Packet filtering for management computers
Updated: February 1, 2010
Applies To: Unified Access Gateway
This topic describes how to enable packet filtering for management server traffic to your DirectAccess clients.
To allow management computers to initiate connections with your intranet computers, you might already have in place a set of inbound firewall rules for management traffic on your intranet. To allow DirectAccess clients to be managed in the same way when they are on the Internet, you can do one of the following:
Configure your existing set of inbound firewall rules for management traffic so that they also apply to the public and private profiles and have edge traversal enabled. Although easier to configure, this option is not recommended because the inbound rules might allow greater exposure than intended.
Create a duplicate set of inbound firewall rules for your management traffic in the Group Policy object for DirectAccess clients so that they only apply to the public and private profiles, have the appropriate source Internet Protocol version 6 (IPv6) addresses of management computers or the IPv6 prefix of your intranet, and have edge traversal enabled. This is the recommended option because it applies the rules only to DirectAccess clients, is scoped for your intranet IPv6 addresses or prefix, and does not affect other domain computers on the intranet or Internet.
- To create the connection rules below using the Netsh command-line tool, but in a GPO context, see Use Netsh to Configure GPOs (http://go.microsoft.com/fwlink/?LinkId=169485).
- It is recommended that you create a separate DirectAccess client GPO for the rules below. This is because when the Forefront UAG DirectAccess configuration script is applied, the Windows Firewall and Advanced Security section of the DirectAccess client GPO is cleared.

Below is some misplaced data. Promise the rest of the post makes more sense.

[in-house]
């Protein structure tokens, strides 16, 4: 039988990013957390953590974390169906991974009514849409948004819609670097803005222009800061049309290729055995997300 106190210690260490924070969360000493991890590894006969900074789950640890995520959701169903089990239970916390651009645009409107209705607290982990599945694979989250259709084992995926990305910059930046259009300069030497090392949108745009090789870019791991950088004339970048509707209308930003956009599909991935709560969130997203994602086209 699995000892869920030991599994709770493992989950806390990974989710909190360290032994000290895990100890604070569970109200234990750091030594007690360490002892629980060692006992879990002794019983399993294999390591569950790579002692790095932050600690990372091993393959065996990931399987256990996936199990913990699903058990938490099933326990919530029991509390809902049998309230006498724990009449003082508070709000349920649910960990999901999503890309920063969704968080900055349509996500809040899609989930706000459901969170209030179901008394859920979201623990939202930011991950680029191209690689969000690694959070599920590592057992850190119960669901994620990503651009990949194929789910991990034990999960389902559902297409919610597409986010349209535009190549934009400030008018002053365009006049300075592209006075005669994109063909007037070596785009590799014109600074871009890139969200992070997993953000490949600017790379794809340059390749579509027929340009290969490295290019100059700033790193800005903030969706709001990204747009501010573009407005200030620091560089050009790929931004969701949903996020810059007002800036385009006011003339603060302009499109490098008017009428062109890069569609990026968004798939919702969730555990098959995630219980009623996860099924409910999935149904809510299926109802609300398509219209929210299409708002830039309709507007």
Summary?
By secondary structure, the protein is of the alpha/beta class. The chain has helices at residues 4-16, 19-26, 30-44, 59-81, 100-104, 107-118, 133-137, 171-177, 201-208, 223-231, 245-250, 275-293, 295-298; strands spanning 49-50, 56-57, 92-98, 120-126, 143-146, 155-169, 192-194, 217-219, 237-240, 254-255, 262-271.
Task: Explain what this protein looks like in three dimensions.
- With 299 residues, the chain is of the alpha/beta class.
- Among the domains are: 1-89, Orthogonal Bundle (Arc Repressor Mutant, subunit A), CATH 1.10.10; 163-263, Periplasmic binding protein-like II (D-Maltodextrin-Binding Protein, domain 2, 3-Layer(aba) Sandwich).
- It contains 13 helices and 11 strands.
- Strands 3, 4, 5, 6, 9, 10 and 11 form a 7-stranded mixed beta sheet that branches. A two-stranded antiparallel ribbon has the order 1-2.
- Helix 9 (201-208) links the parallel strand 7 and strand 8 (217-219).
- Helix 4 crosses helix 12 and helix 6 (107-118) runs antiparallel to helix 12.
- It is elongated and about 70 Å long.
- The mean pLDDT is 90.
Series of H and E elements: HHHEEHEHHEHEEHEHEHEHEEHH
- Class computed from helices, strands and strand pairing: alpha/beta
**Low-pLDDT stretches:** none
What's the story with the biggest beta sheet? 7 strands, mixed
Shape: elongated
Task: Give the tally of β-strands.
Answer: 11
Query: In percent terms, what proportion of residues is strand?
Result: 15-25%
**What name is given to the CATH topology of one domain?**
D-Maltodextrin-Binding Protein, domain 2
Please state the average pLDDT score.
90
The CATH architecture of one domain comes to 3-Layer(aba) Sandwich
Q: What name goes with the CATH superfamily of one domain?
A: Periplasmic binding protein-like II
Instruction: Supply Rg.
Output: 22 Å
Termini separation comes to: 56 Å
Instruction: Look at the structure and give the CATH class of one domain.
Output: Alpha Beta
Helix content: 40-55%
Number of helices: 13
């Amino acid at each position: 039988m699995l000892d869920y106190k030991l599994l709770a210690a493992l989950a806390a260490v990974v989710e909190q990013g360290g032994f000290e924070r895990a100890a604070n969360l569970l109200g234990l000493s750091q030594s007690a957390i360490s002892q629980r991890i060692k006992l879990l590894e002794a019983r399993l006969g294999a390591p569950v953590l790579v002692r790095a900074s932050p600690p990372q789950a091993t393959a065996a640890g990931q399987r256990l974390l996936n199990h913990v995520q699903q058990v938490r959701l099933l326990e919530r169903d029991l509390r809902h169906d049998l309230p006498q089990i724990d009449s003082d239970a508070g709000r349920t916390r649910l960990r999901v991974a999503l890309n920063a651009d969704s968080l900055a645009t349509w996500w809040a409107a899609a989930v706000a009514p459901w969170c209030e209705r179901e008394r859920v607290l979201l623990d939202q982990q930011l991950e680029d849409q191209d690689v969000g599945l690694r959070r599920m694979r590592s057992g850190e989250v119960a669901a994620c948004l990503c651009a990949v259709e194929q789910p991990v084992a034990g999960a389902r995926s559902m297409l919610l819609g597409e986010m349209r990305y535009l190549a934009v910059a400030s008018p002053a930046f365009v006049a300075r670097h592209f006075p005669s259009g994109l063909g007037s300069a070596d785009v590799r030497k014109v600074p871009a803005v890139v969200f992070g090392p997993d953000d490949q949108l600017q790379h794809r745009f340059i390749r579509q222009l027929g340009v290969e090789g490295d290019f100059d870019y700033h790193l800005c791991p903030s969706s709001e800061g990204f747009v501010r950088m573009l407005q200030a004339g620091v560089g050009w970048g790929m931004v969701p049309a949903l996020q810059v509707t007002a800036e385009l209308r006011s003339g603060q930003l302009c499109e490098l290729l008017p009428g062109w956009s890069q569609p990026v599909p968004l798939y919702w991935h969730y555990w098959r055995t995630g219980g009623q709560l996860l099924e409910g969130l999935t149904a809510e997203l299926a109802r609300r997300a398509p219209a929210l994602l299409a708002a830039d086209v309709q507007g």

Your existing set of inbound packet filters that allow management computers to initiate connections with your intranet computers, must be modified to enable edge traversal for Teredo-based DirectAccess clients. For information about creating inbound rules, see Create an Inbound Program or Service Rule (http://go.microsoft.com/fwlink/?LinkId=178213).
You can enable edge traversal for a Windows Firewall inbound rule in the following ways:
Using the Windows Firewall with Advanced Security snap-in, obtain the properties of an inbound rule, click the Advanced tab, then, in Edge traversal select Allow edge traversal.
Use the edge=yes option for the netsh advfirewall firewall command when adding or changing an inbound rule.
The following is an example of a Netsh.exe command that enables edge traversal for the built-in Remote Desktop (TCP-In) inbound rule:
netsh advfirewall firewall set rule name=”Remote Desktop (TCP-In)” dir=in new edge=yes
To further ensure that the Remote Desktop connection is authenticated and encrypted, use the following Netsh.exe command:
netsh advfirewall firewall set rule name=”Remote Desktop (TCP-In)” dir=in new security=authenc edge=yes
To use the security=authenc setting, ensure that there is a connection security rule that protects the connection between the remote desktop computer and the DirectAccess client.
If the computer that is managing a DirectAccess client from the intranet is running Windows Vista or Windows Server 2008, and IPsec transport mode is required between the managing computer and the DirectAccess client, both computers must have the same quick mode lifetime.